In for a penny, in for a pound: methylphenidate reduces the inhibitory effect of high stakes on persistent risky choice

Campbell-Meiklejohn, Daniel, Simonsen, Arndis, Scheel-Krüger, Jørgen, Wohlert, Victoria, Gjerløff, Trine, Frith, Chris D, Rogers, Robert D, Roepstorff, Andreas and Møller, Arne (2012) In for a penny, in for a pound: methylphenidate reduces the inhibitory effect of high stakes on persistent risky choice. Journal of Neuroscience, 32 (38). pp. 13032-13038. ISSN 1529-2401

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Methylphenidate (MPH) is a stimulant that increases extracellular levels of dopamine and noradrenaline. It can diminish risky decision-making tendencies in certain clinical populations. MPH is also used, without license, by healthy adults, but the impact on their decision-making is not well established. Previous work has found that dopamine receptor activity of healthy adults can modulate the influence of stake magnitude on decisions to persistently gamble after incurring a loss. In this study, we tested for modulation of this effect by MPH in 40 healthy human adults. In a double-blind experiment, 20 subjects received 20 mg of MPH, while 20 matched controls received a placebo. All were provided with 30 rounds of opportunities to accept an incurred loss from their assets or opt for a "double-or-nothing" gamble that would either avoid or double it. Rounds began with a variable loss that would double with every failed gamble until it was accepted, recovered, or reached a specified maximum. Probability of recovery on any gamble was low and ambiguous. Subjects receiving placebo gambled less as the magnitude of the stake was raised and as the magnitude of accumulated loss escalated over the course of the task. In contrast, subjects treated with MPH gambled at a consistent rate, well above chance, across all stakes and trials. Trait reward responsiveness also reduced the impact of high stakes. The findings suggest that elevated catecholamine activity by MPH can disrupt inhibitory influences on persistent risky choice in healthy adults.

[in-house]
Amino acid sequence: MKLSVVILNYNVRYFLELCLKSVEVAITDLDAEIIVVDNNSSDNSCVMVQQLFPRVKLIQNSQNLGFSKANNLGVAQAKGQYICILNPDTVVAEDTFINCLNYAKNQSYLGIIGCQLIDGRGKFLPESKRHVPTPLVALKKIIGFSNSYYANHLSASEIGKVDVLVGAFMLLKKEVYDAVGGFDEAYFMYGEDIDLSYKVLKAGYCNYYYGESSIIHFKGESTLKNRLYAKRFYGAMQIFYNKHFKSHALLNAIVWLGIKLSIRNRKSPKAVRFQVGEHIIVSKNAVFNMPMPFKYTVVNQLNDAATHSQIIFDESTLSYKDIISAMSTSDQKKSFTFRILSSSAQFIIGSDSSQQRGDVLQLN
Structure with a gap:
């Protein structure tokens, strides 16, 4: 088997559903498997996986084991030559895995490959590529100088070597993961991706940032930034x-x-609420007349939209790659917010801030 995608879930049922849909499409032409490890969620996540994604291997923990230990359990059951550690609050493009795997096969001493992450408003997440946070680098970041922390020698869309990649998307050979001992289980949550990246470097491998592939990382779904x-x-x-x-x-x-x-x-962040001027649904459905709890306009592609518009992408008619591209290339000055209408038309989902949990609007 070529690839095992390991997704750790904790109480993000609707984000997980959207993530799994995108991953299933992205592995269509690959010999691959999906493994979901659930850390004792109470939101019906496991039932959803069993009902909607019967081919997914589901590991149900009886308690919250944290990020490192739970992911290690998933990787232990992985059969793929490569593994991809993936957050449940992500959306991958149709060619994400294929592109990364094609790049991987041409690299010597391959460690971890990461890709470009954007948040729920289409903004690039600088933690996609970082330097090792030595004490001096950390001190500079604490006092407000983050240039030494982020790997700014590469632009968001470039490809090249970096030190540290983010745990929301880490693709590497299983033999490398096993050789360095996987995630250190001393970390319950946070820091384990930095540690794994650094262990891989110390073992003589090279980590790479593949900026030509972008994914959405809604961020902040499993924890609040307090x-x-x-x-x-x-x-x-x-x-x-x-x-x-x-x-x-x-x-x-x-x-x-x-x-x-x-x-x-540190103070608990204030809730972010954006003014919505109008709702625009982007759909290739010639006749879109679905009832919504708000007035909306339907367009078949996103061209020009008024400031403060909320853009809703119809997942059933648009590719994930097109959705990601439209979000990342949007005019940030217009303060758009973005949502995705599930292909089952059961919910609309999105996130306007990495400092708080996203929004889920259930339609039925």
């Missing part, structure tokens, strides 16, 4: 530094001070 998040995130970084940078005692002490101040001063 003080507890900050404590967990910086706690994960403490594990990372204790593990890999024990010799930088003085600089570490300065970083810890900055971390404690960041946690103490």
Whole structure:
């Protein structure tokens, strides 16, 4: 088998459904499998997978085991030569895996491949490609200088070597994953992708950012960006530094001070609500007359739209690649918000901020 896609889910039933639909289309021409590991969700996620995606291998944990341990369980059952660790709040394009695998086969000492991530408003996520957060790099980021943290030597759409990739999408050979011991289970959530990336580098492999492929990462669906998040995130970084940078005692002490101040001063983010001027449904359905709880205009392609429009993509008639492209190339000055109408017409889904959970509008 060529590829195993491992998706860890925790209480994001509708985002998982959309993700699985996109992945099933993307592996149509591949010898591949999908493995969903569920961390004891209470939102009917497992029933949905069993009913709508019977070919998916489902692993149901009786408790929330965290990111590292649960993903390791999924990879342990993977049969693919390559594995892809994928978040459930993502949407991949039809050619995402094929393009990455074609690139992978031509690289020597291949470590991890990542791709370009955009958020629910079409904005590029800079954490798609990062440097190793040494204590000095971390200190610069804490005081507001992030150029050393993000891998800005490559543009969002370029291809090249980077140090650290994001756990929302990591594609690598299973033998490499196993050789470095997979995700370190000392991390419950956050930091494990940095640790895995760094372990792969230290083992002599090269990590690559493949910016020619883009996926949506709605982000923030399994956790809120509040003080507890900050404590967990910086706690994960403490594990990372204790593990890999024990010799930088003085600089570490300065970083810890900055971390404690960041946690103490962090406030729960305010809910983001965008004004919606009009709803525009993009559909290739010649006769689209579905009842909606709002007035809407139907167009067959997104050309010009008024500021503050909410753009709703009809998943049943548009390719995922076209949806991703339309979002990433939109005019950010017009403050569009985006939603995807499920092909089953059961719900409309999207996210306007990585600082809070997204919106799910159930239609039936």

Item Type: Article
Schools and Departments: School of Psychology > Psychology
Subjects: Q Science > QP Physiology > QP0351 Neurophysiology and neuropsychology
Depositing User: Daniel Campbell-Meiklejohn
Date Deposited: 11 Feb 2016 10:27
Last Modified: 15 Mar 2017 02:19

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